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, 22 (11), 567-75

Move in for the Kill: Motile Microtubule Regulators


Move in for the Kill: Motile Microtubule Regulators

Xiaolei Su et al. Trends Cell Biol.


The stereotypical function of kinesin superfamily motors is to transport cargo along microtubules. However, some kinesins also shape the microtubule track by regulating microtubule assembly and disassembly. Recent work has shown that the kinesin-8 family of motors emerge as key regulators of cellular microtubule length. The studied kinesin-8s are highly processive motors that walk towards the microtubule plus-end. Once at plus-ends, they have complex effects on polymer dynamics; kinesin-8s either destabilize or stabilize microtubules, depending on the context. This review focuses on the mechanisms underlying kinesin-8-microtubule interactions and microtubule length control. We compare and contrast kinesin-8s with the other major microtubule-regulating kinesins (kinesin-4 and kinesin-13), to survey the current understanding of the diverse ways that kinesins control microtubule dynamics.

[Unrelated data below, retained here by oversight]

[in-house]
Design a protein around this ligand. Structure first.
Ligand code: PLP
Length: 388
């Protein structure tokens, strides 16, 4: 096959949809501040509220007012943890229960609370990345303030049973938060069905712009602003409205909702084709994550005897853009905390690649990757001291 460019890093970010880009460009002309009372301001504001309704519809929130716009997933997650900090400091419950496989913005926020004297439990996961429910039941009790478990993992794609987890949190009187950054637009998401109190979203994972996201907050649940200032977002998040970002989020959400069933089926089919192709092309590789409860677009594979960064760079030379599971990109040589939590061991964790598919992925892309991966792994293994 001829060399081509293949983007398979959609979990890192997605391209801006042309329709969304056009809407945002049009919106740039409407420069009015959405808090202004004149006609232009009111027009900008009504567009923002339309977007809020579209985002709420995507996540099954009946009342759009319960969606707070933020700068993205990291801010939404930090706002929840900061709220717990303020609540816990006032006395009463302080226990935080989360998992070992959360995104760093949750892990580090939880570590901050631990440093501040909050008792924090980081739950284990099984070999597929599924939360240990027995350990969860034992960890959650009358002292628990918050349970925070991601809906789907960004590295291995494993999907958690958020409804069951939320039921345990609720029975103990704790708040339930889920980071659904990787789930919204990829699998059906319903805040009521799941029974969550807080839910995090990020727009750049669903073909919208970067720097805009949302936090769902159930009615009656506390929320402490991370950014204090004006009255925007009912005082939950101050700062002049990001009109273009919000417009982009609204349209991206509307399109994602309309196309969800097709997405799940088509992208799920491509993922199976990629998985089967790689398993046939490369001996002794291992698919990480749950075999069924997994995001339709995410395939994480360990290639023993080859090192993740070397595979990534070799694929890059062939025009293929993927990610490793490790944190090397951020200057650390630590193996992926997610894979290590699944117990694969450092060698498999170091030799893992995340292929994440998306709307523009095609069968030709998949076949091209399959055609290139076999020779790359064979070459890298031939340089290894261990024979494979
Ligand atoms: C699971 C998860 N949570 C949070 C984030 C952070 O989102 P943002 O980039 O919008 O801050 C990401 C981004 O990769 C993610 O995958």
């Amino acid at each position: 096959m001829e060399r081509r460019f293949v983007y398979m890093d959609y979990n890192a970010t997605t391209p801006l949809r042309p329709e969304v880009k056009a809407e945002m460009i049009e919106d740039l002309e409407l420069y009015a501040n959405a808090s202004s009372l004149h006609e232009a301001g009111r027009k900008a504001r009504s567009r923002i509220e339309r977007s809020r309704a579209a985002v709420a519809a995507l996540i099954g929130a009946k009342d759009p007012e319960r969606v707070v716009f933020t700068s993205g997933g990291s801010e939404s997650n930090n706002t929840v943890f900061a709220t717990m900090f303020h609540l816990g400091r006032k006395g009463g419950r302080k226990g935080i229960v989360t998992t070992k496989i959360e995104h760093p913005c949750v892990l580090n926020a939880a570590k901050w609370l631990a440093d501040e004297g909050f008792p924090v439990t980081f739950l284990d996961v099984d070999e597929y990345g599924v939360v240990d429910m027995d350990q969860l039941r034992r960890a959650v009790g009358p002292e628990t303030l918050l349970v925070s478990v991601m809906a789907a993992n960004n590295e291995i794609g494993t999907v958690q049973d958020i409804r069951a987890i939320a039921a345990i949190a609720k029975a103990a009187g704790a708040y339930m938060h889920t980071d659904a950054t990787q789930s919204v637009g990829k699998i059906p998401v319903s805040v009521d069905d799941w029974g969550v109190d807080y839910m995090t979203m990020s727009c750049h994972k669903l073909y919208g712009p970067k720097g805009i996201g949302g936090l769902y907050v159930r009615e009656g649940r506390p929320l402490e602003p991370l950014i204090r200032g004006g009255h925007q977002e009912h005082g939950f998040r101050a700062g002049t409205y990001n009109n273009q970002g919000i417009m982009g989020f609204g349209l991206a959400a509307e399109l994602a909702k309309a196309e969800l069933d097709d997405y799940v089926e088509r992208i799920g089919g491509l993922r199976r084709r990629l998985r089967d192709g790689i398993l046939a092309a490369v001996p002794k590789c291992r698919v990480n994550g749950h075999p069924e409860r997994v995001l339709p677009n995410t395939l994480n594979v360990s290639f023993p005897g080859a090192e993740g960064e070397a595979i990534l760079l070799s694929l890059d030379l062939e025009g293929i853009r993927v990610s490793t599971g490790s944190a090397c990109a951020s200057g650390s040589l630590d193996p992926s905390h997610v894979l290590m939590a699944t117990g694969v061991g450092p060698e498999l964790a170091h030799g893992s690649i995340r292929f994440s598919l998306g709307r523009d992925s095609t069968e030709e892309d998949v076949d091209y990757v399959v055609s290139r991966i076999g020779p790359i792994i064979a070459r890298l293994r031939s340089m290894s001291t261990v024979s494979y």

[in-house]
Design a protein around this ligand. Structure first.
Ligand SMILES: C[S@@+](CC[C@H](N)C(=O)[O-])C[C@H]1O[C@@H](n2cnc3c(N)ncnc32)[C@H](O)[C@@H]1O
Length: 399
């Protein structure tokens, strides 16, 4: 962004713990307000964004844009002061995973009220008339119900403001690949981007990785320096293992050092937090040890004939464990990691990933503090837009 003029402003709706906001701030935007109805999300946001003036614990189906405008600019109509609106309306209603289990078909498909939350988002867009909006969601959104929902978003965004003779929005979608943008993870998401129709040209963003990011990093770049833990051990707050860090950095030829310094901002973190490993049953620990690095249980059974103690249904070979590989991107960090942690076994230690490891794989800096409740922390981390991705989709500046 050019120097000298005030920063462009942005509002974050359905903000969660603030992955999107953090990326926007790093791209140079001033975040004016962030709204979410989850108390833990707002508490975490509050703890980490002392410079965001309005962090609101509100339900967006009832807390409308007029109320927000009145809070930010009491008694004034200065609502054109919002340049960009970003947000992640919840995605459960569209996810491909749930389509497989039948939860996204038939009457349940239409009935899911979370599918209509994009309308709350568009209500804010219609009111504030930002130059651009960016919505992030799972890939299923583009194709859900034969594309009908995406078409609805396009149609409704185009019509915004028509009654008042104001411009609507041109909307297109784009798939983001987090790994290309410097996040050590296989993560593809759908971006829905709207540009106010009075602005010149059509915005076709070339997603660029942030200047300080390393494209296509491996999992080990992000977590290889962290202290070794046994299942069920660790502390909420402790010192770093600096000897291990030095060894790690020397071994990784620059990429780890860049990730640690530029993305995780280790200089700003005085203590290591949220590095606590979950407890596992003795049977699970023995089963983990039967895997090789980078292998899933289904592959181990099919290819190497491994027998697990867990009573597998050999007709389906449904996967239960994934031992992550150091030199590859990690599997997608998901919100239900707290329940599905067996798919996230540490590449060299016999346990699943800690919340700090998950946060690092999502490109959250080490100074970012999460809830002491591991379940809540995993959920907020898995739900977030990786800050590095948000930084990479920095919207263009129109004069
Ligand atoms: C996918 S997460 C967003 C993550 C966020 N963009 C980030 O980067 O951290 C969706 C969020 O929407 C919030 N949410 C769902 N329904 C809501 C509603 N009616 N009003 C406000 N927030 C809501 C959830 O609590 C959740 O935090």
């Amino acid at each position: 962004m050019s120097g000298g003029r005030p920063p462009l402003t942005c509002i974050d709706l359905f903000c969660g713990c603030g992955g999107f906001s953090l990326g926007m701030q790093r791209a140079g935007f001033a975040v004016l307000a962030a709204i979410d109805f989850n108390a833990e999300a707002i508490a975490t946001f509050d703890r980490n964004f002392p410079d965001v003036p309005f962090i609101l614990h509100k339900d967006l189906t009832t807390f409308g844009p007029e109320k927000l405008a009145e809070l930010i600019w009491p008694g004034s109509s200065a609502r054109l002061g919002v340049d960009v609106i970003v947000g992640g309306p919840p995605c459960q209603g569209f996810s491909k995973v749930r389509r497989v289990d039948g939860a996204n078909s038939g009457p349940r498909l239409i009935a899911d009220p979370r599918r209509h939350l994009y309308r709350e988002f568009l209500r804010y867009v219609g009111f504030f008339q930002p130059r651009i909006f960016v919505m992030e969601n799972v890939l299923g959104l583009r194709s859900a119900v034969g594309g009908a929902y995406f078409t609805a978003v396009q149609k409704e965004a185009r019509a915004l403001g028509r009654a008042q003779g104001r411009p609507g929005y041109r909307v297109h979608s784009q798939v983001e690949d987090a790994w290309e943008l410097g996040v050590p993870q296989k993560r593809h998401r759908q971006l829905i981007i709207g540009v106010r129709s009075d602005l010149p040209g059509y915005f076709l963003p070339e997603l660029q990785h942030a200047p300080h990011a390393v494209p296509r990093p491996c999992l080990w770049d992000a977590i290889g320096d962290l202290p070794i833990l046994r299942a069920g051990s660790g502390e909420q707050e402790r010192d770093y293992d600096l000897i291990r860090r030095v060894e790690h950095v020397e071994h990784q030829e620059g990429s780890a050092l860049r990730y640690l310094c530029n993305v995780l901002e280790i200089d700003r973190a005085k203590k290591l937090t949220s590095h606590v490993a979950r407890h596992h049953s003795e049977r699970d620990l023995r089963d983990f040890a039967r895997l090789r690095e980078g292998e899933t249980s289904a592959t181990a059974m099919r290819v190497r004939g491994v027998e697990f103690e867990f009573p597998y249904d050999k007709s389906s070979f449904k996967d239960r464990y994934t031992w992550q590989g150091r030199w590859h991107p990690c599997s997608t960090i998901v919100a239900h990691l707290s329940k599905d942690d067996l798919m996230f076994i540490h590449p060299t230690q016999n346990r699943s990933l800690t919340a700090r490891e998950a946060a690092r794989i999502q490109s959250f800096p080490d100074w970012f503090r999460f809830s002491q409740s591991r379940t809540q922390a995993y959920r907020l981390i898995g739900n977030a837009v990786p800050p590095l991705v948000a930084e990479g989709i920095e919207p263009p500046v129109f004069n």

Figure 1
Figure 1. Interacting surfaces between kinesin motor domain and tubulin dimers
Structure of the kinesin-8/Kif18A motor domain – microtubule complex. Overview of the asymmetric unit of the 13 Å helical reconstruction shows the Kif18A motor domain bound to the α/β tubulin dimer. The kinesin-8-α tubulin contact mediated by loop L2 is highlighted in sky blue dotted circle. The motor-tubulin interface was depicted by a blue curve. This figure was adapted from [16].
Figure 2
Figure 2. A model for regulation of microtubule dynamics by kinesin-8
1. Kinesin-8s land on the lattice of a growing microtubule and walk processively towards the plus-end in a manner facilitated by its C-terminal microtubule-binding domain. 2. Kinesin-8s accumulate at the plus-end, slowing down microtubule growth and promoting catastrophe through a depolymerizing or capping mechanism. 3. During the shrinking phase, kinesin-8s at low concentrations inhibit microtubule shrinkage and promote rescue. The figure was adapted from [20].

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